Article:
New Zealand immigration hits an all-time high as movement surges following pandemic lull

New Zealand immigration hits an all-time high as movement surges following pandemic lull

11 Oct    AP, Finance News, PMN Business

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WELLINGTON, New Zealand (AP) — New Zealand’s immigration numbers have hit an all-time high, enabling employers to fill jobs but also putting pressure on the housing market, according to economists.

The net number of immigrants was 110,000 in the year ending August, beating the previous high of 103,000 set a month earlier, according to figures released Wednesday by Statistics New Zealand. The numbers represent a big turnaround after more people left New Zealand than arrived during much of the COVID-19 pandemic.

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“We are talking very, very big numbers for a small economy like ours,” said Jarrod Kerr, chief economist at Kiwibank.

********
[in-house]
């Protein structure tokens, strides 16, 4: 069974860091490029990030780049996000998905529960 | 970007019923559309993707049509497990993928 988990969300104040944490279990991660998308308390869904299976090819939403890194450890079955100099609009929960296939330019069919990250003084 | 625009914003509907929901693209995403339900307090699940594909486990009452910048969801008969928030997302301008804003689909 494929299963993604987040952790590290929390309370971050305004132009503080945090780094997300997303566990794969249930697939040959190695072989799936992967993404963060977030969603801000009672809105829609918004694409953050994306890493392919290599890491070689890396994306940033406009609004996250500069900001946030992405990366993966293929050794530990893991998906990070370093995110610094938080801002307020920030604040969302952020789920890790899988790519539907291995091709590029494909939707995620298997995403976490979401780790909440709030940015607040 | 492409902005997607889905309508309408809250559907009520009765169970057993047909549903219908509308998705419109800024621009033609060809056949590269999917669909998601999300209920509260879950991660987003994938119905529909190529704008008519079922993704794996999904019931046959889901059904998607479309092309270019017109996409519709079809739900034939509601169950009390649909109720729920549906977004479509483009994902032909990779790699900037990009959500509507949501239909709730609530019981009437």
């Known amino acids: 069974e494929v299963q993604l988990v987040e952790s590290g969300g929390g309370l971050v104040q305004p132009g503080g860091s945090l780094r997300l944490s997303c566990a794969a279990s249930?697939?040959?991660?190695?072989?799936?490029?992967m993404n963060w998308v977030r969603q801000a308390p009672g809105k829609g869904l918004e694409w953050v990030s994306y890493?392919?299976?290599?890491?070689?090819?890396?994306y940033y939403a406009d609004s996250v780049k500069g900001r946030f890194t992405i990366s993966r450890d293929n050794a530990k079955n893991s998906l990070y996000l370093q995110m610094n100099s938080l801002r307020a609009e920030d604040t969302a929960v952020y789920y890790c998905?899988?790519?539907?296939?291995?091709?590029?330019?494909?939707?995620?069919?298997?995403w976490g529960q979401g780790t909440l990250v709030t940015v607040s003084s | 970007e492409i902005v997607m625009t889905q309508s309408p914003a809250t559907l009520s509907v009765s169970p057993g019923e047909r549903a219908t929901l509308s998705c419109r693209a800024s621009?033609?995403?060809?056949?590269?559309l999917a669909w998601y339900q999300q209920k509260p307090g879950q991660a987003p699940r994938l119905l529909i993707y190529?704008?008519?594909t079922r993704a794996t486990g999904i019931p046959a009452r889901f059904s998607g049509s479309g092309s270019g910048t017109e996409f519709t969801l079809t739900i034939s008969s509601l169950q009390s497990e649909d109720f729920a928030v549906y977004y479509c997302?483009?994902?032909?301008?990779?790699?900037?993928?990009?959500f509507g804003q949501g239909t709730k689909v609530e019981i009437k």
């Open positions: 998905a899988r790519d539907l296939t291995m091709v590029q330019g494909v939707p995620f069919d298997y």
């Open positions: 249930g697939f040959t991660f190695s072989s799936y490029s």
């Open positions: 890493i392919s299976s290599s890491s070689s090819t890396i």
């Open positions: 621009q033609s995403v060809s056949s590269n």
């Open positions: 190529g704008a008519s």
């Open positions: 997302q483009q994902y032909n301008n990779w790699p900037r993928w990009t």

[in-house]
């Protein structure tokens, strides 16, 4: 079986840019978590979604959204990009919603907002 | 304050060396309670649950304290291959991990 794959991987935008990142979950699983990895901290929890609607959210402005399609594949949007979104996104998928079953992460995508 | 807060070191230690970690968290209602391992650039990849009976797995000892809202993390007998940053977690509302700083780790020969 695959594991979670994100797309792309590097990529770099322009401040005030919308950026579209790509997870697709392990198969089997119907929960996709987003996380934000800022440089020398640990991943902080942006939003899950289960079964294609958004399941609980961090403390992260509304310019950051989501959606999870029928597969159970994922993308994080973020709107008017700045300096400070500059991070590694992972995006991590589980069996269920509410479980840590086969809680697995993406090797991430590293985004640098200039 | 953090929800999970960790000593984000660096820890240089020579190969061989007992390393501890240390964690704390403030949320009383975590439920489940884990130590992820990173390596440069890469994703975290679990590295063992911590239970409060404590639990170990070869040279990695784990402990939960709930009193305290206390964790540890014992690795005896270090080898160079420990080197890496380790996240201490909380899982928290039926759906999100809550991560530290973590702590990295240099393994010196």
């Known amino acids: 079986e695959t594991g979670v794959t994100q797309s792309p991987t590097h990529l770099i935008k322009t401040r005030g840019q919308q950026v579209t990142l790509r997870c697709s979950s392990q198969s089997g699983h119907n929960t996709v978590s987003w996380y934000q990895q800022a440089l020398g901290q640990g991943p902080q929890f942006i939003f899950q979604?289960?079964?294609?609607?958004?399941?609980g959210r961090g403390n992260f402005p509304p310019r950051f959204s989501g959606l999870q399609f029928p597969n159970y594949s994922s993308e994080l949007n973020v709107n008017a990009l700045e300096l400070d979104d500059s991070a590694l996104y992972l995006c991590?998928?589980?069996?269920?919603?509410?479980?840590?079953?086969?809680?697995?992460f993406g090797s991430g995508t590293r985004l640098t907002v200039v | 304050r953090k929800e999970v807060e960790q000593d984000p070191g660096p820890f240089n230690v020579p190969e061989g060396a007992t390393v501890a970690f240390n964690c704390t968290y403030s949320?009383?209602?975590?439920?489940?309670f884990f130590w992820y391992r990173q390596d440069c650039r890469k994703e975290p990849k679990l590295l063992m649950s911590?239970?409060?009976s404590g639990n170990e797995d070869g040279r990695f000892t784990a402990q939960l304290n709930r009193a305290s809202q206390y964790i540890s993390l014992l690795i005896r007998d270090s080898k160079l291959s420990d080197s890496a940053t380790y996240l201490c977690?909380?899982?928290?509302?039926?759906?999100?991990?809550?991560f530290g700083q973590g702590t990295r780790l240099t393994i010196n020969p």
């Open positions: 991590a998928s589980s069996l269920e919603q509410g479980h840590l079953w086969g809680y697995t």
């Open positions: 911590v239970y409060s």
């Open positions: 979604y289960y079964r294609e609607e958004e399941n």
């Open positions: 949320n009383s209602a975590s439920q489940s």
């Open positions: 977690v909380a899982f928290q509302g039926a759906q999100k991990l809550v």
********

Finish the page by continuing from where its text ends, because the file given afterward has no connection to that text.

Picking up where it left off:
Kerr said the surge likely reflected pent-up demand that had built during the pandemic. He said it had come as a relief to employers, who last year were having great difficulty finding skilled workers to fill vacant roles.

New Zealand’s unemployment rate remains at a relatively low 3.6%.

But Kerr also cautioned the migrants would need a lot of resources, including tens of thousands of homes — something that remained in short supply.

The figures show the greatest number of immigrants came from India, followed by Philippines and China. The total number of immigrants reached a record 225,000 during the year while the number of New Zealanders leaving also neared record levels, at 115,000.

The figures included a net loss of nearly 43,000 New Zealand citizens, many of whom were lured to Australia with offers of better pay. Under a reciprocal arrangement, New Zealanders and Australians can live and work in either country.

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“Unfortunately, we lose trained, smart individuals,” Kerr said. “That is something that worries us.”

The figures were released three days before New Zealand holds a general election, although immigration hasn’t been a major campaign issue. Both main parties have focused on the soaring cost-of-living, tax cuts and crime.


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